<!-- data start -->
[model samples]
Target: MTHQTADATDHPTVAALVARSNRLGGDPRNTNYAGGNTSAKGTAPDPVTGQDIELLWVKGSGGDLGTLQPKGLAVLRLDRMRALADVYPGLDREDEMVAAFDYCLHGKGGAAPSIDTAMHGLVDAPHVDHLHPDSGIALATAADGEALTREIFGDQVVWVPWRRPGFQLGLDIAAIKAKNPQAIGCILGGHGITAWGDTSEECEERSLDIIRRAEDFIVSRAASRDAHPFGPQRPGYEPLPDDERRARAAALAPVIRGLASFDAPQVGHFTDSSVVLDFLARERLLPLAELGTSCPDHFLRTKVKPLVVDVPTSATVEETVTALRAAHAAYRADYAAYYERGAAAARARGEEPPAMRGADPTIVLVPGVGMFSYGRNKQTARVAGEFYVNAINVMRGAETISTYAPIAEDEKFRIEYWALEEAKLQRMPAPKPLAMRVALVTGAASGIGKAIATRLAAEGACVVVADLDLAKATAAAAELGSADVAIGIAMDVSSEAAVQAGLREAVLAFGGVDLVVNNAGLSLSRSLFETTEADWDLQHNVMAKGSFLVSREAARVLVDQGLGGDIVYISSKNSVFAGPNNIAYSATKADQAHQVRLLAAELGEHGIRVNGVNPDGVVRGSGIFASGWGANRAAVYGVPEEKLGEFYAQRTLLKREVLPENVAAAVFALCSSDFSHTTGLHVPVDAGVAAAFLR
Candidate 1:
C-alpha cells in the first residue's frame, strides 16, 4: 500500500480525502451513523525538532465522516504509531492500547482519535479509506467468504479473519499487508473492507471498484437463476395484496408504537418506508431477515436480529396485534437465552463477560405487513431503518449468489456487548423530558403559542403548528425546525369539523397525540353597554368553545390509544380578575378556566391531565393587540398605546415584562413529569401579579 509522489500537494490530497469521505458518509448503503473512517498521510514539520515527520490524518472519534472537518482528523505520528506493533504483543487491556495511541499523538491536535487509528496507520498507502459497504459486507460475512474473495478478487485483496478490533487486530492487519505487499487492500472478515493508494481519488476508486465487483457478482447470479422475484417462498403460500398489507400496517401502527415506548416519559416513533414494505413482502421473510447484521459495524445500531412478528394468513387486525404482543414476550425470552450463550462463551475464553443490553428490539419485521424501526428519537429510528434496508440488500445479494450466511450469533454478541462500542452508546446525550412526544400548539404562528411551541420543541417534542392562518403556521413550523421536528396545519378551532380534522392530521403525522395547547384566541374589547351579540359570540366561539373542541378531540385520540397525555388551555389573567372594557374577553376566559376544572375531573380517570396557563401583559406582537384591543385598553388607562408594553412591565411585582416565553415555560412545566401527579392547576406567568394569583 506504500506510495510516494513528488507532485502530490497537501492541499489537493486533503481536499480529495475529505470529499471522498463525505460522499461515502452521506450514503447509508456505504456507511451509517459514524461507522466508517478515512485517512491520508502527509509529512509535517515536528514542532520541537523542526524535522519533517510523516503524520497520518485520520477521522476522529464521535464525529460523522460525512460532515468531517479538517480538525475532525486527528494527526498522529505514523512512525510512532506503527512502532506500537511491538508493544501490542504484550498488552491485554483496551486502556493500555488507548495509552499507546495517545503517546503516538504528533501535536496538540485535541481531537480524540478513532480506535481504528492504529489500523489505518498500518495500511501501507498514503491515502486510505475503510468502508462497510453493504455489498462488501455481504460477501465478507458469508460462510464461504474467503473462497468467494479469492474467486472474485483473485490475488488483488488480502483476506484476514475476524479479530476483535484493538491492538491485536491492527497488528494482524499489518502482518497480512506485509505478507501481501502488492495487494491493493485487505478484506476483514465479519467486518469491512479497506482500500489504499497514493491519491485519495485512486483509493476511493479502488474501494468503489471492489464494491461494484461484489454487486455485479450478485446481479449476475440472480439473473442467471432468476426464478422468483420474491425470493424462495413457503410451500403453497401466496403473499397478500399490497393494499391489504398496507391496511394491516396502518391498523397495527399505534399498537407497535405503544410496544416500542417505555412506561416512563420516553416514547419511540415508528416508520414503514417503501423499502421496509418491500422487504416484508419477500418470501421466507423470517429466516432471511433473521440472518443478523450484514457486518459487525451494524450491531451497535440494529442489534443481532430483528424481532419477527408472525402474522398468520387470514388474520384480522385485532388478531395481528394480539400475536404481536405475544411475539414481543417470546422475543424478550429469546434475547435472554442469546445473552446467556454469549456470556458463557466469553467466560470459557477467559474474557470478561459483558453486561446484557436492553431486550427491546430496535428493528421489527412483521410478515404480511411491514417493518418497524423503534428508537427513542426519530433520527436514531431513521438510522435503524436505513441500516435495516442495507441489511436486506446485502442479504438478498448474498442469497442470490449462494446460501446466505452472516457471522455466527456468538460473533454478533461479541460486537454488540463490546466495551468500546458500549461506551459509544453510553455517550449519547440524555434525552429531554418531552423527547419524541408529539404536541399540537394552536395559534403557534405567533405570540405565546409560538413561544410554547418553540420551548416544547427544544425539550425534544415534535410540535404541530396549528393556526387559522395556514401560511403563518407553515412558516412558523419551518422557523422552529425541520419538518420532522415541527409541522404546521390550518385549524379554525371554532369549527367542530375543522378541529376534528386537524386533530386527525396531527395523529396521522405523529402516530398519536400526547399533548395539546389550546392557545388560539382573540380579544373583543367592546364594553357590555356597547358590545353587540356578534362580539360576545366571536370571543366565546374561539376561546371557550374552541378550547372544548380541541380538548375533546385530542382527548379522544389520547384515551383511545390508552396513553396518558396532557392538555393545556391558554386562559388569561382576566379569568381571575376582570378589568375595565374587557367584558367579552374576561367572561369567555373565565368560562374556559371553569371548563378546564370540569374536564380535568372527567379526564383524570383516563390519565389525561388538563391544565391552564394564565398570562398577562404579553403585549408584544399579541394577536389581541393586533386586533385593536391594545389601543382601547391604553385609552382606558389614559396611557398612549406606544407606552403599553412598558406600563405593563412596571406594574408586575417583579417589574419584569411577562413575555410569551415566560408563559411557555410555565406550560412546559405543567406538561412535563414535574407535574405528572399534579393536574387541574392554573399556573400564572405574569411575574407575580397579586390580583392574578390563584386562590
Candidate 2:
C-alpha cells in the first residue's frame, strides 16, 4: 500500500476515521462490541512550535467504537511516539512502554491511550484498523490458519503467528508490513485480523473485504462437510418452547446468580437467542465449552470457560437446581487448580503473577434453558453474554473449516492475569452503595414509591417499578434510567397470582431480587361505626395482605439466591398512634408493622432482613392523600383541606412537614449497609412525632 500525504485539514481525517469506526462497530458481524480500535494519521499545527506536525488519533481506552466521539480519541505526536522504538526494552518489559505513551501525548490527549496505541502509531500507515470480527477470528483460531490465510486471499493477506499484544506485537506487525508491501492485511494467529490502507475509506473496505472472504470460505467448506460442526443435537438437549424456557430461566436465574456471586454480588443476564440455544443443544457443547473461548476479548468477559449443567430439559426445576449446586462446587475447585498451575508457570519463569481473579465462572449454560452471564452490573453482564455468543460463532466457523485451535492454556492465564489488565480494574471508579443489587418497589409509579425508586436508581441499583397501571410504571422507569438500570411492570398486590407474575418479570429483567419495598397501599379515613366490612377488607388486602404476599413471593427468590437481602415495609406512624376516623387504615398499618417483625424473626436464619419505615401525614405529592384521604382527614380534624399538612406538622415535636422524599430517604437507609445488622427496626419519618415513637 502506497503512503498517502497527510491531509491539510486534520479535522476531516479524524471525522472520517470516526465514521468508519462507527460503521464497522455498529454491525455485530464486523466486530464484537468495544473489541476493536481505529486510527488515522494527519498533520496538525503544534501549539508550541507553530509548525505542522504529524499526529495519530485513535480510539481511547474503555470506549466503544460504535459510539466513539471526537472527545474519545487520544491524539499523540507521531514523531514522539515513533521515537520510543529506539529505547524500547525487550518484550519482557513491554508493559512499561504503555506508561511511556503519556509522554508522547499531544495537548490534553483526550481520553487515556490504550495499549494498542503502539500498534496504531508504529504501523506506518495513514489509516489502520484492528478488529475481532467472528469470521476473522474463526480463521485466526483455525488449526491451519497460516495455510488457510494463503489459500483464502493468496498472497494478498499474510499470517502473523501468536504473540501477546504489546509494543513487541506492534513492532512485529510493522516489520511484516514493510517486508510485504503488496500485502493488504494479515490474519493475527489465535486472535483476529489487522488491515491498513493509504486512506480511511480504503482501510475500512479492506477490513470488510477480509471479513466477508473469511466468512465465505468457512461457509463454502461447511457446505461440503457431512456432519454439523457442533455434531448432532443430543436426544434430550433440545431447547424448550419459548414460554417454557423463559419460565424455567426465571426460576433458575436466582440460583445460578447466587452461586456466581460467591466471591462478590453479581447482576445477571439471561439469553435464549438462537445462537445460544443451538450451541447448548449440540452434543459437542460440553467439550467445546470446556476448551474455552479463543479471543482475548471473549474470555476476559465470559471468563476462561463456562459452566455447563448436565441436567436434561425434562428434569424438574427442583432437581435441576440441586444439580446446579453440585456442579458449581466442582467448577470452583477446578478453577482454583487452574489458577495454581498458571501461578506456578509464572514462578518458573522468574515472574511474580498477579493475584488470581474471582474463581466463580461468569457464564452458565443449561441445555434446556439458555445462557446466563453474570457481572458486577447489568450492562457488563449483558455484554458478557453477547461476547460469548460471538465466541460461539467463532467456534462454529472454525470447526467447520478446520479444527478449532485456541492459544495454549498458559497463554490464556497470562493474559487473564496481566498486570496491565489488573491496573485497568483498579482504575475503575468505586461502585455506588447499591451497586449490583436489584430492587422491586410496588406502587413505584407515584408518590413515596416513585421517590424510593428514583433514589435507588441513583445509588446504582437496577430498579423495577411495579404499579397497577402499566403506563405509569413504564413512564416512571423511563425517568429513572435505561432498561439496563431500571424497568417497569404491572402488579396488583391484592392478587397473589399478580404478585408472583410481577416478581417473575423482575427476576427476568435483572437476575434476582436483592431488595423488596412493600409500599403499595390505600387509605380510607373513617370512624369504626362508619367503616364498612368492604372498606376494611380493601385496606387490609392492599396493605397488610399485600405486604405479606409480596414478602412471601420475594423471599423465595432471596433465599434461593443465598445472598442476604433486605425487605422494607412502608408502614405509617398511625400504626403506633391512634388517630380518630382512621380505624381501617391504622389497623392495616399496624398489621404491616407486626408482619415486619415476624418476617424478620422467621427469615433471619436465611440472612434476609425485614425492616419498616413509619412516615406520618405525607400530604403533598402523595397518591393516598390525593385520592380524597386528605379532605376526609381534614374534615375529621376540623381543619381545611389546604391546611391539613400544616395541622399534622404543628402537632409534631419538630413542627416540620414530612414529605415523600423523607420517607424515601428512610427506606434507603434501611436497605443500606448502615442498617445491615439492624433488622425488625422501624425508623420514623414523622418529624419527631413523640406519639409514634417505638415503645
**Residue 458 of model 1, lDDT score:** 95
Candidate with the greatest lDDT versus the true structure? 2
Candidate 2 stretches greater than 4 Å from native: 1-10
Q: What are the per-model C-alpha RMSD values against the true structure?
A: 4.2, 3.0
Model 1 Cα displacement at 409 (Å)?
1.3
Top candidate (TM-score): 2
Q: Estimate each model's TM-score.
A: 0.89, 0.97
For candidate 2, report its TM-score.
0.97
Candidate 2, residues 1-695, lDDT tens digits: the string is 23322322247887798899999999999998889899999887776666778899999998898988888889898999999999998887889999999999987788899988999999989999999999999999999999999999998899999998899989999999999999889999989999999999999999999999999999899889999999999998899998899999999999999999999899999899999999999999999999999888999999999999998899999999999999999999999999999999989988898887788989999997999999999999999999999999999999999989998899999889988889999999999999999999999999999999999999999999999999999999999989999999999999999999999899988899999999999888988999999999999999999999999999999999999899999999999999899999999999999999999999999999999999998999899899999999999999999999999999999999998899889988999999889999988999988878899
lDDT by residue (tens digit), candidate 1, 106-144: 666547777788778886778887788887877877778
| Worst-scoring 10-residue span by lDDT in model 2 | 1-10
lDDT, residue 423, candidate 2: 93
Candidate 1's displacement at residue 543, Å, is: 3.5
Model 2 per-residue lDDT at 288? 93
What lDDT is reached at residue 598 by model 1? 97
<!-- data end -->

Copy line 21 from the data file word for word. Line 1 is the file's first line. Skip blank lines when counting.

| Worst-scoring 10-residue span by lDDT in model 2 | 1-10